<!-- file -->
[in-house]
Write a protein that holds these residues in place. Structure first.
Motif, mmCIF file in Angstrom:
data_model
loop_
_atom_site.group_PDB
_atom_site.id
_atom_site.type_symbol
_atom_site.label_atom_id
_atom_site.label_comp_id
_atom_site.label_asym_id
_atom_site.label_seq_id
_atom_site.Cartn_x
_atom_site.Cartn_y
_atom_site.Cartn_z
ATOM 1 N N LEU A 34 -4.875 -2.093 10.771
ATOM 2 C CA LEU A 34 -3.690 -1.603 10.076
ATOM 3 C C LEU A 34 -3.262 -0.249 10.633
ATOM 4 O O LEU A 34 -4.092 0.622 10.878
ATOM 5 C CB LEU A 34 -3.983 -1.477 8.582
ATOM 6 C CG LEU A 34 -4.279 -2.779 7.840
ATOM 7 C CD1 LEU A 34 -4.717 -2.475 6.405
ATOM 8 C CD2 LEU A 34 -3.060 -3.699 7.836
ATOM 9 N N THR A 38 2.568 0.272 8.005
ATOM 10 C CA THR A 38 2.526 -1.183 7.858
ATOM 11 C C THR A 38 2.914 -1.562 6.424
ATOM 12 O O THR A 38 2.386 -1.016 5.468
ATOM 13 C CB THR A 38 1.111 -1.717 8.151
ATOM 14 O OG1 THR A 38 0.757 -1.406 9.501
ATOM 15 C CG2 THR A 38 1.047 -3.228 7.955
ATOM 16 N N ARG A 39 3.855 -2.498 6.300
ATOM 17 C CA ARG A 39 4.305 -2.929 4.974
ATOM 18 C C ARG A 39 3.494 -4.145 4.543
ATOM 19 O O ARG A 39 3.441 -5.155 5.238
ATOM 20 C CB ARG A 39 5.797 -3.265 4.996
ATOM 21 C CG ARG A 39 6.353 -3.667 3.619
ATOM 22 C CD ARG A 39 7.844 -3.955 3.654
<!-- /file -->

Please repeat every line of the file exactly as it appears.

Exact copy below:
[in-house]
Write a protein that holds these residues in place. Structure first.
Motif, mmCIF file in Angstrom:
data_model
loop_
_atom_site.group_PDB
_atom_site.id
_atom_site.type_symbol
_atom_site.label_atom_id
_atom_site.label_comp_id
_atom_site.label_asym_id
_atom_site.label_seq_id
_atom_site.Cartn_x
_atom_site.Cartn_y
_atom_site.Cartn_z
ATOM 1 N N LEU A 34 -4.875 -2.093 10.771
ATOM 2 C CA LEU A 34 -3.690 -1.603 10.076
ATOM 3 C C LEU A 34 -3.262 -0.249 10.633
ATOM 4 O O LEU A 34 -4.092 0.622 10.878
ATOM 5 C CB LEU A 34 -3.983 -1.477 8.582
ATOM 6 C CG LEU A 34 -4.279 -2.779 7.840
ATOM 7 C CD1 LEU A 34 -4.717 -2.475 6.405
ATOM 8 C CD2 LEU A 34 -3.060 -3.699 7.836
ATOM 9 N N THR A 38 2.568 0.272 8.005
ATOM 10 C CA THR A 38 2.526 -1.183 7.858
ATOM 11 C C THR A 38 2.914 -1.562 6.424
ATOM 12 O O THR A 38 2.386 -1.016 5.468
ATOM 13 C CB THR A 38 1.111 -1.717 8.151
ATOM 14 O OG1 THR A 38 0.757 -1.406 9.501
ATOM 15 C CG2 THR A 38 1.047 -3.228 7.955
ATOM 16 N N ARG A 39 3.855 -2.498 6.300
ATOM 17 C CA ARG A 39 4.305 -2.929 4.974
ATOM 18 C C ARG A 39 3.494 -4.145 4.543
ATOM 19 O O ARG A 39 3.441 -5.155 5.238
ATOM 20 C CB ARG A 39 5.797 -3.265 4.996
ATOM 21 C CG ARG A 39 6.353 -3.667 3.619
ATOM 22 C CD ARG A 39 7.844 -3.955 3.654